- Neuroplasticity, Habituation and the CPG.
- Cycling pains
- Preferential fatigue
- The importance of cleat position
- Seat height and setback
- Cycling articles for bike fitters
- The cyclist’s tricky hip, part 1
- The Cyclists’s tricky hip – part 2
- Part 3, the assymetrical hip socket rider
Neuroplasticity, Habituation and the CPG.
The way in which your body initiates, performs and controls movement of the lower limbs in reciprocal patterns is to use a specialised group of neurons in the lower back called the Central Pattern Generator. Once the body initiates a pattern of movement (for example walking or running) the CPG takes over and sustains that pattern with minimal guidance from your brain. Hence a human being is able to walk and talk on their mobile phone without any concern directed to the complicated act of walking.
The CPG takes care of the movement and adjusts the cyclical patterns of your stride to suit the terrain without you even noticing. Only if a large obstacle occurs to disrupt the movement will you stop walking – for example arriving at your front door, stepping over a log on the path and whatnot. The same structures are responsible for control of the cycling stroke. Hence, you can ride along and talk to your mate about his new $15,000 road bike whilst still enjoying watching him struggle up a slight incline. This is the very definition of multi-tasking! Similarly, this is the reason that a chicken can continue to run around the yard even once its head has been removed – the CPG is continuing to function for a little while until the chicken finally meets its untimely end.
The human brain and nervous system is plastic. That is to say, it can be moulded and shaped to perform different tasks and will refine and adapt the myriad neuronal connections required to perform those tasks through repetition.
Neuroplasticity is responsible for our ever-changing mental states, the ability of our bodies to learn a new task like playing the piano or guitar and to refine and perfect that action over time. The area of the brain devoted to finger and hand control in a concert pianist is hugely greater than that of a soccer player. Similarly, the soccer player will have a larger number of neural connections and brain area devoted to fine control and proprioception (the body’s joint position sense) than the concert pianist. The Central Pattern Generator is also neuroplastic. That is, its timing, sequence and control of your movement patterns can be changed, refined and perfected but this takes time. This time is what I call the “Habituation” phase of the bike fit. Some habituate quickly, in a matter of hours, whilst others with deeply ingrained motor patterns and low neuroplastic tendencies will take many weeks.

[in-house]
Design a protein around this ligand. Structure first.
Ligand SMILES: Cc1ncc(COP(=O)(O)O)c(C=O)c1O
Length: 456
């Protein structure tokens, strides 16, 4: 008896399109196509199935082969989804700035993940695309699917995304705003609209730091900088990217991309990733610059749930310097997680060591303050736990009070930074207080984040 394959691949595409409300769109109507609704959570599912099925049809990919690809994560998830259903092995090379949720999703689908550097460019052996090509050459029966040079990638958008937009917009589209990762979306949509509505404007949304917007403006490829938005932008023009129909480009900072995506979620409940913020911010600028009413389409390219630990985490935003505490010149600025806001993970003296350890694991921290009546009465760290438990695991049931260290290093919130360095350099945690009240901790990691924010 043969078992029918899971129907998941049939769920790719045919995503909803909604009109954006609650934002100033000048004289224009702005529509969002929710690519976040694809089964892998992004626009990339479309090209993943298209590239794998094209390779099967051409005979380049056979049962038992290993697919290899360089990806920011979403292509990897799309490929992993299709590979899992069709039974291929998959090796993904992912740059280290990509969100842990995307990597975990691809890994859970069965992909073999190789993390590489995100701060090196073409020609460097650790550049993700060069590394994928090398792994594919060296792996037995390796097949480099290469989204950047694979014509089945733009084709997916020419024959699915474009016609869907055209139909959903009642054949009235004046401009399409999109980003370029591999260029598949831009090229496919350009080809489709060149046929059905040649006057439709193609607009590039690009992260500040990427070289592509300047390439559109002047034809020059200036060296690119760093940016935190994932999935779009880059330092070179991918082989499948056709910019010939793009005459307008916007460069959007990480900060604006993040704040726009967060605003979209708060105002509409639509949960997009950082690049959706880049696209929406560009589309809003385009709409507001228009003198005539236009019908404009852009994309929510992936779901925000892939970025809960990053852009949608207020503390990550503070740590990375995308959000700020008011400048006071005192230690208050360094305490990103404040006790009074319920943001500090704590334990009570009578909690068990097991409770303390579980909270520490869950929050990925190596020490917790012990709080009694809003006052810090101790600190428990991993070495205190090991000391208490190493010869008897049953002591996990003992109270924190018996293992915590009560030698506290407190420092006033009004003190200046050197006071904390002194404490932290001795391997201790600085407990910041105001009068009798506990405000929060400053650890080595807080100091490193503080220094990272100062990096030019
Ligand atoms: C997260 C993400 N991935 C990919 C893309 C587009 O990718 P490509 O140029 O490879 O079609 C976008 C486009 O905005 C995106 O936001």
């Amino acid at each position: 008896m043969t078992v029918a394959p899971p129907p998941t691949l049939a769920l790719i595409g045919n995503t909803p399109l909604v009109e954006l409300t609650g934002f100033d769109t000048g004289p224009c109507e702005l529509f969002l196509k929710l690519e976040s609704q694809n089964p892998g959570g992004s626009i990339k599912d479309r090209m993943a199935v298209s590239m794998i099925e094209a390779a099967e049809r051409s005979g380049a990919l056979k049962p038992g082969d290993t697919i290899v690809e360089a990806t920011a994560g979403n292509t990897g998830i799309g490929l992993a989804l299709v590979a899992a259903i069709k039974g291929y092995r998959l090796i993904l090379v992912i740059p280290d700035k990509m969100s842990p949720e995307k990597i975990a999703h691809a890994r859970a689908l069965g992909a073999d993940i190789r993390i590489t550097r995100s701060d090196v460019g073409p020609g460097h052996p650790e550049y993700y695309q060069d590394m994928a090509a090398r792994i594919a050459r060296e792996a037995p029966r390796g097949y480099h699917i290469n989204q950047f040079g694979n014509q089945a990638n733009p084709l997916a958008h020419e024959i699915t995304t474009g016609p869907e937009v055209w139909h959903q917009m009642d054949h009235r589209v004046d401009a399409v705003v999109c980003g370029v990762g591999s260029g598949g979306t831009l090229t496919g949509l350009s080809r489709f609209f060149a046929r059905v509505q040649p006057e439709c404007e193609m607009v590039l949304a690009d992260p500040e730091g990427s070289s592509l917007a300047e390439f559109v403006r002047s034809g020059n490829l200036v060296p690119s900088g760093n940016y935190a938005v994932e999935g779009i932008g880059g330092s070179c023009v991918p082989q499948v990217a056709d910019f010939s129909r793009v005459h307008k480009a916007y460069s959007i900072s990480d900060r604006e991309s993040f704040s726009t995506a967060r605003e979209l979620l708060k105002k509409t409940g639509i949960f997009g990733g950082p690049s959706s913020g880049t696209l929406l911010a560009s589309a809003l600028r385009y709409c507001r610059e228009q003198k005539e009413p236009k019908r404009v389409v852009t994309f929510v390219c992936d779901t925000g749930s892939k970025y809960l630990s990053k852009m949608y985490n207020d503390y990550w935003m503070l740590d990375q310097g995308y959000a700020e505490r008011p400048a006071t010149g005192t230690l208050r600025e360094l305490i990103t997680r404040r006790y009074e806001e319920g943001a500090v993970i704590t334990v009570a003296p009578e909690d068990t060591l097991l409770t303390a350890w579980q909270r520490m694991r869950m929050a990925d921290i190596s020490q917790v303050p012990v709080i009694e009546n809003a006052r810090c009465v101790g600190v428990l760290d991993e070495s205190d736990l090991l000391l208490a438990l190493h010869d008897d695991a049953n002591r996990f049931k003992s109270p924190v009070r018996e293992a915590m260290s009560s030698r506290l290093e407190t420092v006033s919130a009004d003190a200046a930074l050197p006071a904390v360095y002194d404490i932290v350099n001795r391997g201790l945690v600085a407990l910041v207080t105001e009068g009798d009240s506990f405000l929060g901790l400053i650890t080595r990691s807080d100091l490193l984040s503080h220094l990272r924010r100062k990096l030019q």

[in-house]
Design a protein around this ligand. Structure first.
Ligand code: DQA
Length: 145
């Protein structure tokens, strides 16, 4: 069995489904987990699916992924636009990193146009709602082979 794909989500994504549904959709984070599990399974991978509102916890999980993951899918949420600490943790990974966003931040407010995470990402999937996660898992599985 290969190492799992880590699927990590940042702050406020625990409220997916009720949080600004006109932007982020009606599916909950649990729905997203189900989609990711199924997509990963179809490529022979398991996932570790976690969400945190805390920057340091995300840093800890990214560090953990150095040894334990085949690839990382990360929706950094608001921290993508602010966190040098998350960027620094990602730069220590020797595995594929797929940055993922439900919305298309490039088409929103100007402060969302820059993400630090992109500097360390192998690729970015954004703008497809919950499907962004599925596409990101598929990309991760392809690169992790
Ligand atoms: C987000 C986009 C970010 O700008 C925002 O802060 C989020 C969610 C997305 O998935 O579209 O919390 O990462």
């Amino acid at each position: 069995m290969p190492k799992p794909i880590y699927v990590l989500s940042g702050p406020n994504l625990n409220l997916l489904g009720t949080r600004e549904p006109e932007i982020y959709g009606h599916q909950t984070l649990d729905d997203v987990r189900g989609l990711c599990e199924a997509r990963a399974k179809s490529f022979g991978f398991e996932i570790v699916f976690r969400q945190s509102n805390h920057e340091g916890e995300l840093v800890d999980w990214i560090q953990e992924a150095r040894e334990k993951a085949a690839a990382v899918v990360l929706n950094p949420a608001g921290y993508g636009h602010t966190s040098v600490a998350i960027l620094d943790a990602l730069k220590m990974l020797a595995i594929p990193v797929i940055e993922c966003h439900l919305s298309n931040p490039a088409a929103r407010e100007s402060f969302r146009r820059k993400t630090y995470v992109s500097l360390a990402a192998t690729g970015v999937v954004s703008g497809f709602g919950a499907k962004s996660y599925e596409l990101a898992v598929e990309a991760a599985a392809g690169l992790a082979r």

So what does all this have to do with cycling?
The basic premise to take from all this is to illustrate that people will change, and, physical changes aside, the way they function on the bike from a neurological control perspective will also change. Hence I will fit you to the bike and attempt to match the fit as closely as possible to the way that you are functioning at this point in time. If the changes have been large, and for some of you they will be, the initial fit will feel unusual, and you will likely be slower on the bike until the new motor patterns embed.
I always advise you to ride SLOWLY at no more than 75% intensity for 2-4 weeks after the fit. The harder you go, the more likely the body is to revert into the “tried and true” motor patterns that you have developed over many years. We want your body to find its new, natural rhythm on the bike, not be forced into old, asymmetrical motor patterns. Cycle gently and, once you are feeling comfortable and “at home” on the bike, begin to re-introduce load and intensity.